We will present a variety of talks and posters featuring our clinical and human genetic resources, as well as genome products and tools. We are excited to introduce the NIH Comparative Genomics Resource (CGR), a multi-year National Library of Medicine (NLM) project to maximize the impact of eukaryotic research organisms and their genomic data resources to biomedical research. If you’re interested in providing feedback that will be used to help drive CGR forward, consider joining our round table discussion.
Check out NCBI’s schedule of activities and events:
NCBI Gene now has descriptive information about genes from the Alliance of Genome Resources for organisms including Caenorhabditis elegans, Danio rerio, Drosophila melanogaster, Homo sapiens, Mus musculus, Rattus norvegicus, and Saccharomyces cerevisiae.
Figure 1. The gene summary section of the Drosophila melanogaster slmb Gene Full Report showing the link to the corresponding record at the Alliance of Genome Resources.
The Summary section of the Gene Full Report page has Links to gene pages at the Alliance of Genome Resources (Figure 1). These are also in the right-hand sidebar of the Links to other resources section. In the case of genes that don’t have a RefSeq summary, we use the textual gene descriptions from the Alliance of Genome resources.
The Drosphilaslmb gene record shows the enhancements provided by the Alliance of Genome Resources. The gene_info.gz files on the Gene FTP site also include AllianceGenome references in the dbXrefs column.
NCBI Gene has added Ensembl Rapid Releases to the calculation of matching annotations between NCBI RefSeq and Ensembl. This has resulted in the inclusion of over 60 additional assemblies for a total of 241 organisms represented in the set. Matches are made based on transcript and CDS comparisons, and Ensembl gene, transcript, and protein identifiers for annotations similar to the NCBI RefSeq annotations are reported in NCBI Gene and in the gene2ensembl file on the Gene FTP site. The Ensembl annotation is also available in the graphical view and in NCBI’s Genome Data Viewer to give you a side-by-side view of how the annotations compare. Check out blue whale E2F1 for an example.
Figure 1. Balaenoptera musculus E2F transcription factor 1 in Genome Data Viewer
NCBI Datasets, the new set of services for downloading genome assembly and annotation data (previous Datasets posts), has redesigned and reorganized web pages to make it easier to find and access the services and documentation you need.
You can now get gene ortholog data using the NCBI Datasetscommand-line tool using a gene ID, gene symbol, or RefSeq nucleotide or protein accession. Data are available for vertebrates and insects. The vertebrate orthologs includes a specialized set for fish. (See our recent post for more information on the orthologs for fish and insects.)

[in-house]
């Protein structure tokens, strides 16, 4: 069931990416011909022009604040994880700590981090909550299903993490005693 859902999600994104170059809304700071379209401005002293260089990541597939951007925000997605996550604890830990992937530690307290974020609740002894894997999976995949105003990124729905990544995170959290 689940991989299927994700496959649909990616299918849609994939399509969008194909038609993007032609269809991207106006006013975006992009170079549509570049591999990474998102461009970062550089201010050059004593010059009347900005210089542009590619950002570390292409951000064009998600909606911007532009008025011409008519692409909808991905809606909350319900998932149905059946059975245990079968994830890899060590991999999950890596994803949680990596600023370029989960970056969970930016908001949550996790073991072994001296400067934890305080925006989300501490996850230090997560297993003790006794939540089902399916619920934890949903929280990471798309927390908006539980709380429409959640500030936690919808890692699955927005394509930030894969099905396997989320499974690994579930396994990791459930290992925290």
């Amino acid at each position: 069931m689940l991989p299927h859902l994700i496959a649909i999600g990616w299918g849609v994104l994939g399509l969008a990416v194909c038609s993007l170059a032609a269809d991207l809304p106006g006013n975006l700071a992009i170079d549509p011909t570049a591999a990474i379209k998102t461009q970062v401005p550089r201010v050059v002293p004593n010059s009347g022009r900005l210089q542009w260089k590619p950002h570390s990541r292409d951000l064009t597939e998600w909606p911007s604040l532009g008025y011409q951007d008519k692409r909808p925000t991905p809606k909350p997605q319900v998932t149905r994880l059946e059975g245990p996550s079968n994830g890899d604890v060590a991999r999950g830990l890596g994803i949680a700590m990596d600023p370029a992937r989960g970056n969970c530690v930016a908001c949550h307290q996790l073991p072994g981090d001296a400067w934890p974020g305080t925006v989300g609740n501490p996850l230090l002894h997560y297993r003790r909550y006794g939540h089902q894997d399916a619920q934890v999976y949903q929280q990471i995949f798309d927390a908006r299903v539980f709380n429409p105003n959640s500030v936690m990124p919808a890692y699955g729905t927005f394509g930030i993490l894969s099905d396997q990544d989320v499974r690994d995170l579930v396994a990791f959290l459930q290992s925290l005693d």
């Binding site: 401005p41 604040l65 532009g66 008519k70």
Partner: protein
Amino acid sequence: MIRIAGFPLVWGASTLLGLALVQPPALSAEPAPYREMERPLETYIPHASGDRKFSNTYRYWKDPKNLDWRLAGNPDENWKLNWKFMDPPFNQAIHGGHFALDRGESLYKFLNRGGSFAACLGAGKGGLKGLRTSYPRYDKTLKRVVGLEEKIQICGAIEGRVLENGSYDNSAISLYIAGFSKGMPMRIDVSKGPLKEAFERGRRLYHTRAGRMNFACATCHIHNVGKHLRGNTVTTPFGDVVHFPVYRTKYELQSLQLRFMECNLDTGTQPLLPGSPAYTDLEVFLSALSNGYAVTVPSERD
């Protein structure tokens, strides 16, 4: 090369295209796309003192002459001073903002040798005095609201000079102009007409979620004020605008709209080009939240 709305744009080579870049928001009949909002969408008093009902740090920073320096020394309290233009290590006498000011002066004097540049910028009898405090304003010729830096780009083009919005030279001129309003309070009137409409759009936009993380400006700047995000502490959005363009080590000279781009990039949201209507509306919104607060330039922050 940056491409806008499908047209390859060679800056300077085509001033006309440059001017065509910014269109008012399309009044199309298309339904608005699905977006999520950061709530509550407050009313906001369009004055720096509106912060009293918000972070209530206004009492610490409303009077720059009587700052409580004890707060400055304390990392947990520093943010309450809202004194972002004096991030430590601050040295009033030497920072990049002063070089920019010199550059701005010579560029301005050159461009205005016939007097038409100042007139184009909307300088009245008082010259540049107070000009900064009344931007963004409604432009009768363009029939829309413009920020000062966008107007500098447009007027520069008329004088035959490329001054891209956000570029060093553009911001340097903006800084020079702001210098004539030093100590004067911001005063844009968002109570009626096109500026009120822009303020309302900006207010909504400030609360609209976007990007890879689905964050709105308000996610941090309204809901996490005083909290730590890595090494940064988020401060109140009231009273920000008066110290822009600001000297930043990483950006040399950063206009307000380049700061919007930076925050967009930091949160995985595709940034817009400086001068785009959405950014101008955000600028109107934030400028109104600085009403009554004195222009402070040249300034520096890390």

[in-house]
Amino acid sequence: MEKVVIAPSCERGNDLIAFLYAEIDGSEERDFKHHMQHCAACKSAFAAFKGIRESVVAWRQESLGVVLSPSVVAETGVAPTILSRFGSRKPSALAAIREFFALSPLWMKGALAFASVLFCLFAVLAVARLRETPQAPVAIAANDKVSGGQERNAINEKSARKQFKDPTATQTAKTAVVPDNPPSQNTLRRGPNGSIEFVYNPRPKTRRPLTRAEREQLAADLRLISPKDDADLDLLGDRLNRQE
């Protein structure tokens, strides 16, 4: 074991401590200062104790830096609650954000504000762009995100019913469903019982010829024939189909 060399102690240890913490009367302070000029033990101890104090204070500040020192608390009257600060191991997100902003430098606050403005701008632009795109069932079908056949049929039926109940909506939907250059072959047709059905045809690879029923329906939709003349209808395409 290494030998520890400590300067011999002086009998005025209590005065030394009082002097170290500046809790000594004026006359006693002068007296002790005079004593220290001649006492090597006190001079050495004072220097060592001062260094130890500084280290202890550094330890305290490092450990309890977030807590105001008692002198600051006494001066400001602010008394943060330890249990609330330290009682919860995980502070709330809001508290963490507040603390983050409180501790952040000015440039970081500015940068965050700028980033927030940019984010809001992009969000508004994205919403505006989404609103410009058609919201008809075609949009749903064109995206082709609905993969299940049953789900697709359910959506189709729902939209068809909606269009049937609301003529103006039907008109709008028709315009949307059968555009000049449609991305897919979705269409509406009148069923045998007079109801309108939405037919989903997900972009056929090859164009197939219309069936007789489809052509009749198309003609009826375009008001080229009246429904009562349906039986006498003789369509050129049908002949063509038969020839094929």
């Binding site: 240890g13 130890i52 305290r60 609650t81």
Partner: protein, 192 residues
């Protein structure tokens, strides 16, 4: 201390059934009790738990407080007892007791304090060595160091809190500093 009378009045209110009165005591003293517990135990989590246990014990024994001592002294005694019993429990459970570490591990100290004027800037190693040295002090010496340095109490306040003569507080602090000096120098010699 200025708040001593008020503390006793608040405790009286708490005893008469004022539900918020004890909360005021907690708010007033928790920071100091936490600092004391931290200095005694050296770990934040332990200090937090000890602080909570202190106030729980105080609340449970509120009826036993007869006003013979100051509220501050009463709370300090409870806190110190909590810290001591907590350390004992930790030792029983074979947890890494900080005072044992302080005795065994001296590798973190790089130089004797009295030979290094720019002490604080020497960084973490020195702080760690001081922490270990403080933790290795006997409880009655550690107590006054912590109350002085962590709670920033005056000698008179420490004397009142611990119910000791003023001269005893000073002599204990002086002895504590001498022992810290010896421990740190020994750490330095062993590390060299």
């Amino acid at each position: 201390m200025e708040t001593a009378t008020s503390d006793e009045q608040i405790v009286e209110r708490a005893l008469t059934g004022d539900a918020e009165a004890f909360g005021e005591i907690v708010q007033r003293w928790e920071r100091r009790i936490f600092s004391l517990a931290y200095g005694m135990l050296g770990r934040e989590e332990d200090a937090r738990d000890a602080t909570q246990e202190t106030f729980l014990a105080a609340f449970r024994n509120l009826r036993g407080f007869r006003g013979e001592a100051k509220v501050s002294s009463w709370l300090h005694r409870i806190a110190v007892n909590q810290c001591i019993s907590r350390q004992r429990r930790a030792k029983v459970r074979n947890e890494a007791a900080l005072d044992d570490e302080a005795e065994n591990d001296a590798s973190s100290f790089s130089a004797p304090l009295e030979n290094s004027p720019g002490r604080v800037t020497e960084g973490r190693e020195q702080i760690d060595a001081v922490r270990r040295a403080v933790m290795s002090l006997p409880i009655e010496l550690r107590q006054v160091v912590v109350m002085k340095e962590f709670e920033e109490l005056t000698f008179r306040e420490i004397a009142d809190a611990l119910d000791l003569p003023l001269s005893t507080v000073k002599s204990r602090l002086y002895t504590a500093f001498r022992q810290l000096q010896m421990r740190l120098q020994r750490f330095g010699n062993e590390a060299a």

You can retrieve metadata for gene orthologs in JSON Format, or you can download a compressed (zip) archive containing both metadata and sequences (Figure 1).
Figure 1. Command-lines that use a gene symbol (BRCA1) to retrieve mammalian ortholog metadata (top, JSON metadata shown in part in the image) and sequences (bottom).
NCBI RefSeq has finished its initial annotation of the new rat reference assembly, mRatBN7.2, recently released by the Darwin Tree of Life Project at the Wellcome Sanger Institute. This is the first coordinate-changing update to the rat reference since the 2014 release of Rnor_6.0 from the Rat Genome Sequencing Consortium and brings the rat assembly into the modern age with a nearly 300x increase in contig N50 and 9x increase in scaffold N50 lengths. It’s a major improvement!
In March, we announced NCBI Datasets, a new resource that lets you easily retrieve and download data from across NCBI databases. Did you know you can now fetch NCBI Gene data programmatically using the NCBI Datasets API or command-line tool? Quickly retrieve both metadata and gene sequence data for multiple Gene records including transcripts and proteins in one shell command or API request. The API documentation is a good way to get started with programmatic access (Figure 1).
Figure 1. The Datasets API documentation showing a demonstration retrieving Gene metadata using RefSeq mRNA accessions. The API returns a readily processed JSON object.
NCBI Datasets now offers Gene tables: customizable tables of the genes you specify, with key gene information, and the ability to easily download a dataset of genomic, transcript and protein sequences.
Drag and drop a list of Gene IDs or gene symbols, and the data table shows your genes with up to 15 columns of metadata, including genomic coordinates, RefSeq transcript and protein accessions, Ensembl IDs and UniProt accessions, and other gene information. You can browse and select items in your table on the web, or download everything to your computer for later analysis (Figure 1).
Interested in human genes involved in COVID-19 biology? NCBI’s RefSeq group has been hard at work compiling a set of human genes with roles in coronavirus infection and disease. You can now see and search for these genes and their regulatory elements in NCBI Gene and RefSeq.
Figure 1. Top section of the human ACE2 record in the Gene database. COVID-19 information can be found in the Summary and Annotation information sections.